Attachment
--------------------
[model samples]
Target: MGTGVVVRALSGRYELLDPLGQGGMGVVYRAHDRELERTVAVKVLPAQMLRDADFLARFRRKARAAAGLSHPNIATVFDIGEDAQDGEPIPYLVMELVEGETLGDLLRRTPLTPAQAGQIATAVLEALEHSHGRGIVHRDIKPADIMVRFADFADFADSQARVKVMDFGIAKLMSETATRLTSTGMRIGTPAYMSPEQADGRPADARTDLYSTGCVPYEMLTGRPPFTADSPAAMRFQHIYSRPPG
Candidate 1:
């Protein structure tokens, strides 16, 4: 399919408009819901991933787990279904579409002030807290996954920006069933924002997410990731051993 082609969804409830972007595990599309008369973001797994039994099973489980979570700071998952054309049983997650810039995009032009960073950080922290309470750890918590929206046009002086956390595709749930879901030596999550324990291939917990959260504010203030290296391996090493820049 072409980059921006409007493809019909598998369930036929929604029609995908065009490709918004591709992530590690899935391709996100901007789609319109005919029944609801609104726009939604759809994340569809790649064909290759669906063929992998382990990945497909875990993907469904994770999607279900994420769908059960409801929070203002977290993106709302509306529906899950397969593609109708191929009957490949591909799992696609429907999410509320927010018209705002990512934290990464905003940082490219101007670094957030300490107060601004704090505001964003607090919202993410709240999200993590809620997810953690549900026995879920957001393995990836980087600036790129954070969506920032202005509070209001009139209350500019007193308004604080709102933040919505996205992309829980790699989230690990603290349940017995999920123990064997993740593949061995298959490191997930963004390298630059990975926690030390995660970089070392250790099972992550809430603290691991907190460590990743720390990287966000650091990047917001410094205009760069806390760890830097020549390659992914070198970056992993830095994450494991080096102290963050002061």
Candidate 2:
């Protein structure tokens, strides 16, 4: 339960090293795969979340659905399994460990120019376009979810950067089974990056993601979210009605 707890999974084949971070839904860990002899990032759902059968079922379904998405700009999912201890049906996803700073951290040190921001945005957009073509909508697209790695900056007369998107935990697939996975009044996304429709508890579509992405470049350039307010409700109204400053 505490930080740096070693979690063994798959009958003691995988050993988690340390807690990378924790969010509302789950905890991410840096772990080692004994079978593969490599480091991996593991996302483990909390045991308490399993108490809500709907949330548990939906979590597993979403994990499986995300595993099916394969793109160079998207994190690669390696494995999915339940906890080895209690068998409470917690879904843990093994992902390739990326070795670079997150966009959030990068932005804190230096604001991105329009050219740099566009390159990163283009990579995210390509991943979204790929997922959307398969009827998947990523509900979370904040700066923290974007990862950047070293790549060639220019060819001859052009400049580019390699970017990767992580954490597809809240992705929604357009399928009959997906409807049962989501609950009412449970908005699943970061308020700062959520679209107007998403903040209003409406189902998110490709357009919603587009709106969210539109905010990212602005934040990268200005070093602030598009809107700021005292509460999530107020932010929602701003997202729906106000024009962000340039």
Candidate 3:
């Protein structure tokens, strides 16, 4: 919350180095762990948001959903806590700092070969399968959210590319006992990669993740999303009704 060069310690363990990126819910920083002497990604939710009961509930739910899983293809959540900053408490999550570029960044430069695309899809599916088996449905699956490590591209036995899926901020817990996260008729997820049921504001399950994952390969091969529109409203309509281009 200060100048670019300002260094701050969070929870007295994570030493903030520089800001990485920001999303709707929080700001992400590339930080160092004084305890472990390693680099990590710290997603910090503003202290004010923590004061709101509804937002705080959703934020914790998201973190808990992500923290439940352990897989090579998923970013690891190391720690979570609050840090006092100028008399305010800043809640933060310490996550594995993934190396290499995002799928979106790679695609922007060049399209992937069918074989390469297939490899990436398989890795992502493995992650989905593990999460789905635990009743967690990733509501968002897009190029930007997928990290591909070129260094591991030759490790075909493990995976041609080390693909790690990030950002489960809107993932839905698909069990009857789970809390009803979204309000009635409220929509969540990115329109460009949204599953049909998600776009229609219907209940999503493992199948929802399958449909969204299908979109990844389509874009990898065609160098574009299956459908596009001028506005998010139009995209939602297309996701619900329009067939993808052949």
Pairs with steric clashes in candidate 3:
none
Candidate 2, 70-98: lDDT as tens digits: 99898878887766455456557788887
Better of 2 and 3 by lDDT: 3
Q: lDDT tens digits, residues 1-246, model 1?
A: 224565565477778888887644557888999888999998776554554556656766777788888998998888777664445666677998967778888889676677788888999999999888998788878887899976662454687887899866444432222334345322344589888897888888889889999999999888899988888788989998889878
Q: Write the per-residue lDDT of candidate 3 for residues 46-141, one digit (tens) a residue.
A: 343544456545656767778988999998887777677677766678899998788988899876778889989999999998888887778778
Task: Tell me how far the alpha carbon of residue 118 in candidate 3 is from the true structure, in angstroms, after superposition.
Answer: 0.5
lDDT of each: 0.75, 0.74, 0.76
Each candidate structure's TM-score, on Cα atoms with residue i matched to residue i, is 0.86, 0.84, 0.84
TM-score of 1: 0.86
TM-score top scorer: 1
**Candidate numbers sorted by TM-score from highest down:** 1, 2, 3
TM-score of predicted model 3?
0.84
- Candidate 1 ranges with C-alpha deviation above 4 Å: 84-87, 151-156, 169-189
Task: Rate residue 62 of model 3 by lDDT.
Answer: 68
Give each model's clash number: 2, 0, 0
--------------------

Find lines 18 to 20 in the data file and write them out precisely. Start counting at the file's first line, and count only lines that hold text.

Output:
Answer: 0.5
lDDT of each: 0.75, 0.74, 0.76
Each candidate structure's TM-score, on Cα atoms with residue i matched to residue i, is 0.86, 0.84, 0.84